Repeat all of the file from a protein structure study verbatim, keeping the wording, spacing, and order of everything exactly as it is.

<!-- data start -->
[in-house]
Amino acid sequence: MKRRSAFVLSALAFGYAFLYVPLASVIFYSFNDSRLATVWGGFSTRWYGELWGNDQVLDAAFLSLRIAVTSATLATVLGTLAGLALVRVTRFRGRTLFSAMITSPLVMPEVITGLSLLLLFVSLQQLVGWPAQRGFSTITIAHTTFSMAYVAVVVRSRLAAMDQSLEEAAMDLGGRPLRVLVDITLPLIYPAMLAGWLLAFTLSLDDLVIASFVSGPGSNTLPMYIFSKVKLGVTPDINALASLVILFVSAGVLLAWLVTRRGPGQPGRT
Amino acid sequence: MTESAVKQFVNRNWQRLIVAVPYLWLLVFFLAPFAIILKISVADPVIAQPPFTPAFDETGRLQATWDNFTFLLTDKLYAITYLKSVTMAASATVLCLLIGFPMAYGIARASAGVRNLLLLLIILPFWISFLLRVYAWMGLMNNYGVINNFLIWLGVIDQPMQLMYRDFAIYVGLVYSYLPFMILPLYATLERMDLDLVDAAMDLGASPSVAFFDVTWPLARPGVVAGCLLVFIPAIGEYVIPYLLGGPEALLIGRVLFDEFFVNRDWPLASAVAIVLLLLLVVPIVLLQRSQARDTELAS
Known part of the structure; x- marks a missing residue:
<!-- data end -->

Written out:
[in-house]
Amino acid sequence: MKRRSAFVLSALAFGYAFLYVPLASVIFYSFNDSRLATVWGGFSTRWYGELWGNDQVLDAAFLSLRIAVTSATLATVLGTLAGLALVRVTRFRGRTLFSAMITSPLVMPEVITGLSLLLLFVSLQQLVGWPAQRGFSTITIAHTTFSMAYVAVVVRSRLAAMDQSLEEAAMDLGGRPLRVLVDITLPLIYPAMLAGWLLAFTLSLDDLVIASFVSGPGSNTLPMYIFSKVKLGVTPDINALASLVILFVSAGVLLAWLVTRRGPGQPGRT
Amino acid sequence: MTESAVKQFVNRNWQRLIVAVPYLWLLVFFLAPFAIILKISVADPVIAQPPFTPAFDETGRLQATWDNFTFLLTDKLYAITYLKSVTMAASATVLCLLIGFPMAYGIARASAGVRNLLLLLIILPFWISFLLRVYAWMGLMNNYGVINNFLIWLGVIDQPMQLMYRDFAIYVGLVYSYLPFMILPLYATLERMDLDLVDAAMDLGASPSVAFFDVTWPLARPGVVAGCLLVFIPAIGEYVIPYLLGGPEALLIGRVLFDEFFVNRDWPLASAVAIVLLLLLVVPIVLLQRSQARDTELAS
Known part of the structure; x- marks a missing residue: